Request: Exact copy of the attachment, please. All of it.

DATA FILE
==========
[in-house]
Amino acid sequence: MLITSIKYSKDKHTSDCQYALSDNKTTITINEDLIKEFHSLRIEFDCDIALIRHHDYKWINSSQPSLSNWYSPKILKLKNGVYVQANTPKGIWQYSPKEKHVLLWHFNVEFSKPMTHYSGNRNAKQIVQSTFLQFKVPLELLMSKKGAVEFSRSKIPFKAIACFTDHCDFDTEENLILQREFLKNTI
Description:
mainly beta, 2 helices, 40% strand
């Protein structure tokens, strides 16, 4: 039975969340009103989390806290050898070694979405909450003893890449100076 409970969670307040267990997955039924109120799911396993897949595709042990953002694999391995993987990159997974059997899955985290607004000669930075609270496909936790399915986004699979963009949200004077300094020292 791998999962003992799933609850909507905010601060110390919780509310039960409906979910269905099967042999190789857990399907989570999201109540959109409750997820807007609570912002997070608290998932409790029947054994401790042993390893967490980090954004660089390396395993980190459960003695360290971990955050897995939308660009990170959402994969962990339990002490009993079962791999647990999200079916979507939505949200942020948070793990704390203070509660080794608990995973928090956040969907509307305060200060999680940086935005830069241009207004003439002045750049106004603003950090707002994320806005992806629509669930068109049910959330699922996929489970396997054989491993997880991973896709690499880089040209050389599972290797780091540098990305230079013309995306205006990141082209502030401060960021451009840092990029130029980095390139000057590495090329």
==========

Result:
[in-house]
Amino acid sequence: MLITSIKYSKDKHTSDCQYALSDNKTTITINEDLIKEFHSLRIEFDCDIALIRHHDYKWINSSQPSLSNWYSPKILKLKNGVYVQANTPKGIWQYSPKEKHVLLWHFNVEFSKPMTHYSGNRNAKQIVQSTFLQFKVPLELLMSKKGAVEFSRSKIPFKAIACFTDHCDFDTEENLILQREFLKNTI
Description:
mainly beta, 2 helices, 40% strand
């Protein structure tokens, strides 16, 4: 039975969340009103989390806290050898070694979405909450003893890449100076 409970969670307040267990997955039924109120799911396993897949595709042990953002694999391995993987990159997974059997899955985290607004000669930075609270496909936790399915986004699979963009949200004077300094020292 791998999962003992799933609850909507905010601060110390919780509310039960409906979910269905099967042999190789857990399907989570999201109540959109409750997820807007609570912002997070608290998932409790029947054994401790042993390893967490980090954004660089390396395993980190459960003695360290971990955050897995939308660009990170959402994969962990339990002490009993079962791999647990999200079916979507939505949200942020948070793990704390203070509660080794608990995973928090956040969907509307305060200060999680940086935005830069241009207004003439002045750049106004603003950090707002994320806005992806629509669930068109049910959330699922996929489970396997054989491993997880991973896709690499880089040209050389599972290797780091540098990305230079013309995306205006990141082209502030401060960021451009840092990029130029980095390139000057590495090329």